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Environment Decade as seen on The Frontiers Decade

q Why is it that when the fungus attacks the sea fans in the Caribbean, it turns them purple? What ideas do scientists have to cure this fungus disease?

A Sea fans have structures known as sclerites. These are calcium carbonate deposits that help make up the skeleton. These sclerites can be clear or pigmented (purple). When the fungus invades the coral tissue, the coral produces a higher percentage of purple sclerites, thus purpling the tissue. We think this is a protective response that sea fans have to limit the spread of the fungus. A cure is not on the horizon. Once we are satisfied that we know the origin, spread and pathogenesis of the infection, we can think about how to interfere with the overall process. We just need to know more about it for now.
Garriet Smith
Science in Paradise, October 1998

q How long have you been doing rescue work with whales off Newfoundland and how many have been successful?

A I first came to Newfoundland many years ago. Back then, whales were still hunted for their meat. Although I spent lots of time on the water in my boat, it was many years before I saw my first whale. What a sight! It was very exciting to see a huge humpback from my little boat. However, it was many years before I became interested in whales as a scientist. My first interest developed because fishermen in Newfoundland would call the university where I work when a whale was in trouble and ask that someone come and help. Because I was an animal behaviorist that worked with wildlife, people in the university would often pass these requests on to me.

In 1978 a fisherman called the university and reported that a humpback whale had been caught in his nets for 3 months. He could not get the animal out; the animal was too weak to get away. No one the fisherman had contacted was willing to help. This request for help was passed on to me. I took some of my students to the scene of the entrapment and figured out how to let the whale free. We successfully released the whale and retrieved the fishing gear. I was very concerned that this was a terrible way to treat a whale, and it was terrible that the fishermen could not find any help. So my students and I conducted a survey to find out how often large whales were accidentally caught in fishing gear. It turned out that this was a frequent occurrence. We tried several agencies that might have helped. The general reaction was "If you are concerned, why don't you help?" That was the basis for the formation of the Whale Entrapment Assistance Program in Newfoundland and Labrador.

Before the program, about 50 percent of large whales died during entrapments. After the program began, only about 10 percent die. Whales that today die in fishing gear are dead when the fishermen find them and they just can't be helped. But most are safely released alive. Since 1978 there have been many hundreds of whales which we have released from fishing gear. Humpbacks are the most common. But in the 18 years of the Entrapment Assistance Program some 11 different species of whales have been released from fishing gear.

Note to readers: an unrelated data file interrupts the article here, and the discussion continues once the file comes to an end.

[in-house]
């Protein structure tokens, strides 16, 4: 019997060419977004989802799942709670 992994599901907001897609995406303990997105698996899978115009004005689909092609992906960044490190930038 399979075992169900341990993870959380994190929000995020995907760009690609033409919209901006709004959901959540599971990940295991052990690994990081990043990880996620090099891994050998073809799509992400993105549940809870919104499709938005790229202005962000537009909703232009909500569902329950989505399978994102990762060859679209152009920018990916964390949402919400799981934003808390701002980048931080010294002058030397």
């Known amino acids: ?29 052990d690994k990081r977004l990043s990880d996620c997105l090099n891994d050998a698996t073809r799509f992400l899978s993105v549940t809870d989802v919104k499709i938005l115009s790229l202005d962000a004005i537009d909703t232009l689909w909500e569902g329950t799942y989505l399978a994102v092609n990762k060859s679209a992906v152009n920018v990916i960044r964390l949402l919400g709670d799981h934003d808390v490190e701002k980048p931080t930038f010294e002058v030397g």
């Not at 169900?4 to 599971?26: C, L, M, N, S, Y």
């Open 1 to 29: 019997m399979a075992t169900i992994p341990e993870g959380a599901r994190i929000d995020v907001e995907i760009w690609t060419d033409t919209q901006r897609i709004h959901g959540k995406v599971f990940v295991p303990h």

Jon Lien
Creatures of the Deep, February 1996

q Will the hawksbill turtles be extinct soon, or will programs like yours save them? Are there laws to protect them and to stop people from killing them for their shell or meat?

A I don't think hawksbill turtles will be going extinct soon, but what is soon? Sea turtles, like hawksbill turtles, have been here swimming in our world's oceans for over 100 million years and through hunting, pollution, and loss of nesting and foraging areas most of the world's sea turtle populations are in serious trouble. This means where once there were 100,000s sea turtles there are now only 1000s alive. Possibly too few to enable the species to survive. I hope that programs like ours will help save the hawksbill turtle and other species. We are working very hard to help the hawksbill turtles at Buck Island Reef NM survive - we protect the nesting females and their nests and hatchlings and hope we are providing a safe coral reef area where young hawksbill turtles can grow to maturity. Here in the United States there are many laws to help protect sea turtles; the most important is the Endangered Species Act under which all sea turtles are protected. Another law which helps to protect sea turtles around the world is CITES, the Convention on International Trade in Endangered Species, which prevents other nations from catching and selling endangered species like hawksbill turtles and exporting or selling these animals or parts of them to the US or other countries. Unfortunately not all nations have signed on and agree to the rules of CITES, it is their choice, we can only provide them with the facts and hope they agree to protect critical species. We all continue to work toward a global protection for all sea turtles species and programs like Scientific American Frontiers "Science in Paradise" are helping.